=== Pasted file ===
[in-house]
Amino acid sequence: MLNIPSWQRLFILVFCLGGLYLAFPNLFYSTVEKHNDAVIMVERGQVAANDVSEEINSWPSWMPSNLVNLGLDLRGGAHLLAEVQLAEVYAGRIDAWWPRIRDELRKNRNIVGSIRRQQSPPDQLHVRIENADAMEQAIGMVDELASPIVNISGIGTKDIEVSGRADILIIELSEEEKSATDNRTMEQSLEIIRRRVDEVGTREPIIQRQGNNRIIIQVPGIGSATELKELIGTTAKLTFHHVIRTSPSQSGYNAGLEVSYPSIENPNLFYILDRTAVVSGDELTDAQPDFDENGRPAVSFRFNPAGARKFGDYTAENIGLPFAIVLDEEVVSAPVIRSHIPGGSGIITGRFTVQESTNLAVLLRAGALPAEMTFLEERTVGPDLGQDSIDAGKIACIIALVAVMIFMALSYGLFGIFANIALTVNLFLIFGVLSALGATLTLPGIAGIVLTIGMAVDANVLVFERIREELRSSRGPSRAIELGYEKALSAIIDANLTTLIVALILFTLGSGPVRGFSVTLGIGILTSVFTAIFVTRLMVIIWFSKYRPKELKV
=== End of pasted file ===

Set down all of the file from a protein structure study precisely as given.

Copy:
[in-house]
Amino acid sequence: MLNIPSWQRLFILVFCLGGLYLAFPNLFYSTVEKHNDAVIMVERGQVAANDVSEEINSWPSWMPSNLVNLGLDLRGGAHLLAEVQLAEVYAGRIDAWWPRIRDELRKNRNIVGSIRRQQSPPDQLHVRIENADAMEQAIGMVDELASPIVNISGIGTKDIEVSGRADILIIELSEEEKSATDNRTMEQSLEIIRRRVDEVGTREPIIQRQGNNRIIIQVPGIGSATELKELIGTTAKLTFHHVIRTSPSQSGYNAGLEVSYPSIENPNLFYILDRTAVVSGDELTDAQPDFDENGRPAVSFRFNPAGARKFGDYTAENIGLPFAIVLDEEVVSAPVIRSHIPGGSGIITGRFTVQESTNLAVLLRAGALPAEMTFLEERTVGPDLGQDSIDAGKIACIIALVAVMIFMALSYGLFGIFANIALTVNLFLIFGVLSALGATLTLPGIAGIVLTIGMAVDANVLVFERIREELRSSRGPSRAIELGYEKALSAIIDANLTTLIVALILFTLGSGPVRGFSVTLGIGILTSVFTAIFVTRLMVIIWFSKYRPKELKV